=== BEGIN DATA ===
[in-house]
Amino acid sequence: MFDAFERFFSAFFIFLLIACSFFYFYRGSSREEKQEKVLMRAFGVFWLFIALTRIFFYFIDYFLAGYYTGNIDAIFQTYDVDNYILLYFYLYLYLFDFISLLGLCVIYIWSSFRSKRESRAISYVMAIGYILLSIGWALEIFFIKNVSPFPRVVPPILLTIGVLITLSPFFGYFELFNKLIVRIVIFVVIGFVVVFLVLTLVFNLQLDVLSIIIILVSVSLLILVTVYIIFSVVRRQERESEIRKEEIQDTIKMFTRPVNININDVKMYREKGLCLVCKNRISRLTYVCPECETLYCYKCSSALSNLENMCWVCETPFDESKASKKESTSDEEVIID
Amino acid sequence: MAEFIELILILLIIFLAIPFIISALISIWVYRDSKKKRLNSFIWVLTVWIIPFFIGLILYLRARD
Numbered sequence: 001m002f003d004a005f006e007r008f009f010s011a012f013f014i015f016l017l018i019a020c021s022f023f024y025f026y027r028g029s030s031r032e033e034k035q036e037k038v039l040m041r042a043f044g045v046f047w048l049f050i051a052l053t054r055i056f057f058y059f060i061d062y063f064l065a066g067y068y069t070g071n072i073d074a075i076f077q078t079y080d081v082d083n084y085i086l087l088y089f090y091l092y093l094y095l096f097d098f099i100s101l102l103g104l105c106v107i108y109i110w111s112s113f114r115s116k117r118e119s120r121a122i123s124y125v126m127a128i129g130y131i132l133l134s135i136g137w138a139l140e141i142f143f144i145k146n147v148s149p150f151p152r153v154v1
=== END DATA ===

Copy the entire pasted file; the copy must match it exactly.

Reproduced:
[in-house]
Amino acid sequence: MFDAFERFFSAFFIFLLIACSFFYFYRGSSREEKQEKVLMRAFGVFWLFIALTRIFFYFIDYFLAGYYTGNIDAIFQTYDVDNYILLYFYLYLYLFDFISLLGLCVIYIWSSFRSKRESRAISYVMAIGYILLSIGWALEIFFIKNVSPFPRVVPPILLTIGVLITLSPFFGYFELFNKLIVRIVIFVVIGFVVVFLVLTLVFNLQLDVLSIIIILVSVSLLILVTVYIIFSVVRRQERESEIRKEEIQDTIKMFTRPVNININDVKMYREKGLCLVCKNRISRLTYVCPECETLYCYKCSSALSNLENMCWVCETPFDESKASKKESTSDEEVIID
Amino acid sequence: MAEFIELILILLIIFLAIPFIISALISIWVYRDSKKKRLNSFIWVLTVWIIPFFIGLILYLRARD
Numbered sequence: 001m002f003d004a005f006e007r008f009f010s011a012f013f014i015f016l017l018i019a020c021s022f023f024y025f026y027r028g029s030s031r032e033e034k035q036e037k038v039l040m041r042a043f044g045v046f047w048l049f050i051a052l053t054r055i056f057f058y059f060i061d062y063f064l065a066g067y068y069t070g071n072i073d074a075i076f077q078t079y080d081v082d083n084y085i086l087l088y089f090y091l092y093l094y095l096f097d098f099i100s101l102l103g104l105c106v107i108y109i110w111s112s113f114r115s116k117r118e119s120r121a122i123s124y125v126m127a128i129g130y131i132l133l134s135i136g137w138a139l140e141i142f143f144i145k146n147v148s149p150f151p152r153v154v1